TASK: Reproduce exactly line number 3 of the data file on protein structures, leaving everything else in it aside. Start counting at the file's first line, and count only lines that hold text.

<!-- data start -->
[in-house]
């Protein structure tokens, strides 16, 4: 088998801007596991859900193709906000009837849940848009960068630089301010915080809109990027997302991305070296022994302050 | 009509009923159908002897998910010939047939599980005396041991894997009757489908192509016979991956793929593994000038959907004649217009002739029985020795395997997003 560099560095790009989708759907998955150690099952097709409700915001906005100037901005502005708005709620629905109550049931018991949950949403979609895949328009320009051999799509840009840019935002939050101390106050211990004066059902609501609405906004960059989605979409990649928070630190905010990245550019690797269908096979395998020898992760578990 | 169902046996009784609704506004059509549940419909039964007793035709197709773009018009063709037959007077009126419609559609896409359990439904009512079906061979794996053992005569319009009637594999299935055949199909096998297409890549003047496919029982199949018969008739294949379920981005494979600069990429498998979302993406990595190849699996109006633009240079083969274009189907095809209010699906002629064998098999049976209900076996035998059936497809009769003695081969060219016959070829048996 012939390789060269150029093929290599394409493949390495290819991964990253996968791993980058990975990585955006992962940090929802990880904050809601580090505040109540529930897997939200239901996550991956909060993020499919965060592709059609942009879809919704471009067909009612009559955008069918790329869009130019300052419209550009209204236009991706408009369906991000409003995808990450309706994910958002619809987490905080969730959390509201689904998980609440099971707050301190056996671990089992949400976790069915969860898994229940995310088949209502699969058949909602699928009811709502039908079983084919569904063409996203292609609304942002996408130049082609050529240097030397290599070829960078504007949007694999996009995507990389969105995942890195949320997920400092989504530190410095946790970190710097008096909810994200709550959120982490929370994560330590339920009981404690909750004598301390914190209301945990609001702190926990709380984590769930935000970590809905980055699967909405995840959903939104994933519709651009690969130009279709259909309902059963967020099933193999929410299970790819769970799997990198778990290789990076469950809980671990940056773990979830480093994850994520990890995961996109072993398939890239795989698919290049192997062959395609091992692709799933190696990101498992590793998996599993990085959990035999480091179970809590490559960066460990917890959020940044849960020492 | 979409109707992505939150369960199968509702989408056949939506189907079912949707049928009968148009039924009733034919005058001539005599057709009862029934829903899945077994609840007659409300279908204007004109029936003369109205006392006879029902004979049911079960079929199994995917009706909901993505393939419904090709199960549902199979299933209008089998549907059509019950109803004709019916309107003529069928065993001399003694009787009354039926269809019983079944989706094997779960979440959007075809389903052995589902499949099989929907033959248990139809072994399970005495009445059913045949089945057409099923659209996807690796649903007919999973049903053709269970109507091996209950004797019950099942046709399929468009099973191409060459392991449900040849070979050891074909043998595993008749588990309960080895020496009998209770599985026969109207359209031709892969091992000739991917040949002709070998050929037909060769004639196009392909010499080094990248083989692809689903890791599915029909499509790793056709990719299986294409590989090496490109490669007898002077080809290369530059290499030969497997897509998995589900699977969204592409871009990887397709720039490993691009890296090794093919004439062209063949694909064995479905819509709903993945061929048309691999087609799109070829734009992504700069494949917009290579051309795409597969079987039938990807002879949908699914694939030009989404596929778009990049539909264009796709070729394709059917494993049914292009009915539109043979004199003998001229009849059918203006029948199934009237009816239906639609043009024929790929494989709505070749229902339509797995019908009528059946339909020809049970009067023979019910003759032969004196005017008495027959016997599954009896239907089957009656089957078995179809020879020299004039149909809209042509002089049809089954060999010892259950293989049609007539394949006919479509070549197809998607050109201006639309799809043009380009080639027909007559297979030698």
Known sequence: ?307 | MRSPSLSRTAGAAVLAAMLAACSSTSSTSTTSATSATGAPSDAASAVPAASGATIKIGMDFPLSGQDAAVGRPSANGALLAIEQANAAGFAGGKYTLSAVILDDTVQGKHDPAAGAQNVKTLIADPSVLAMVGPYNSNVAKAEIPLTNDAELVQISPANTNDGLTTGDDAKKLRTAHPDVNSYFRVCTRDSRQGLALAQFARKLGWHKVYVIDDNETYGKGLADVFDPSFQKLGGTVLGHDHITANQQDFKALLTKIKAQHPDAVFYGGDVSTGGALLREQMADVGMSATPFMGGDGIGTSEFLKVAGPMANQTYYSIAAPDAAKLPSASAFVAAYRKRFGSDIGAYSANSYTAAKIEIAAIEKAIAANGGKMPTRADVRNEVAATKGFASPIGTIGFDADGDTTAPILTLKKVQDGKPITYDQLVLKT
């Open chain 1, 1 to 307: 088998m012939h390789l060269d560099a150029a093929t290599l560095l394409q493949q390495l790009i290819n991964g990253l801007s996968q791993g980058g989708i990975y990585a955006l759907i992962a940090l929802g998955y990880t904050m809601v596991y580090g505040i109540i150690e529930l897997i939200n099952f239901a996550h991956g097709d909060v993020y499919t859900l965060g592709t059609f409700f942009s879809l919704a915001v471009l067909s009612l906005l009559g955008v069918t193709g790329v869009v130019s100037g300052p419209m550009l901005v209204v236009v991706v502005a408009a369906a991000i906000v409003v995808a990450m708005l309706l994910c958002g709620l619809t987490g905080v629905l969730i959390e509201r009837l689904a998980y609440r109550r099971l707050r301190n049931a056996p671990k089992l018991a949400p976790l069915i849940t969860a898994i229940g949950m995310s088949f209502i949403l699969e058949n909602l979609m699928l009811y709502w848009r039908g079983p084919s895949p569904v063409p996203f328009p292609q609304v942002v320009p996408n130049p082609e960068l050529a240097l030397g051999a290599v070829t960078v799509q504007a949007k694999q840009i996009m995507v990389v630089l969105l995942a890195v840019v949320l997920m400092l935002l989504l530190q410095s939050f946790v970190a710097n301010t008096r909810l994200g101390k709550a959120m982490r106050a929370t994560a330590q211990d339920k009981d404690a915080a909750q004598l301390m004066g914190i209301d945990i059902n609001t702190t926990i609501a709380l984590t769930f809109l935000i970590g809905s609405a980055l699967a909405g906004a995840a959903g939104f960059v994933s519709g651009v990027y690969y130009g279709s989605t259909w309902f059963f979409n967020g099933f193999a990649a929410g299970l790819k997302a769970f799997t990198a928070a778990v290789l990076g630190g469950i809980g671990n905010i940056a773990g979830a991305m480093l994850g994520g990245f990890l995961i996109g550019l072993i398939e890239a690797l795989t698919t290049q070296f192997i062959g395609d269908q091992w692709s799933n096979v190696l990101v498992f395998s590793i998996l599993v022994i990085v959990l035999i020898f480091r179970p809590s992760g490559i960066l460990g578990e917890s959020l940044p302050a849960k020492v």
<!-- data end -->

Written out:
Known sequence: ?307 | MRSPSLSRTAGAAVLAAMLAACSSTSSTSTTSATSATGAPSDAASAVPAASGATIKIGMDFPLSGQDAAVGRPSANGALLAIEQANAAGFAGGKYTLSAVILDDTVQGKHDPAAGAQNVKTLIADPSVLAMVGPYNSNVAKAEIPLTNDAELVQISPANTNDGLTTGDDAKKLRTAHPDVNSYFRVCTRDSRQGLALAQFARKLGWHKVYVIDDNETYGKGLADVFDPSFQKLGGTVLGHDHITANQQDFKALLTKIKAQHPDAVFYGGDVSTGGALLREQMADVGMSATPFMGGDGIGTSEFLKVAGPMANQTYYSIAAPDAAKLPSASAFVAAYRKRFGSDIGAYSANSYTAAKIEIAAIEKAIAANGGKMPTRADVRNEVAATKGFASPIGTIGFDADGDTTAPILTLKKVQDGKPITYDQLVLKT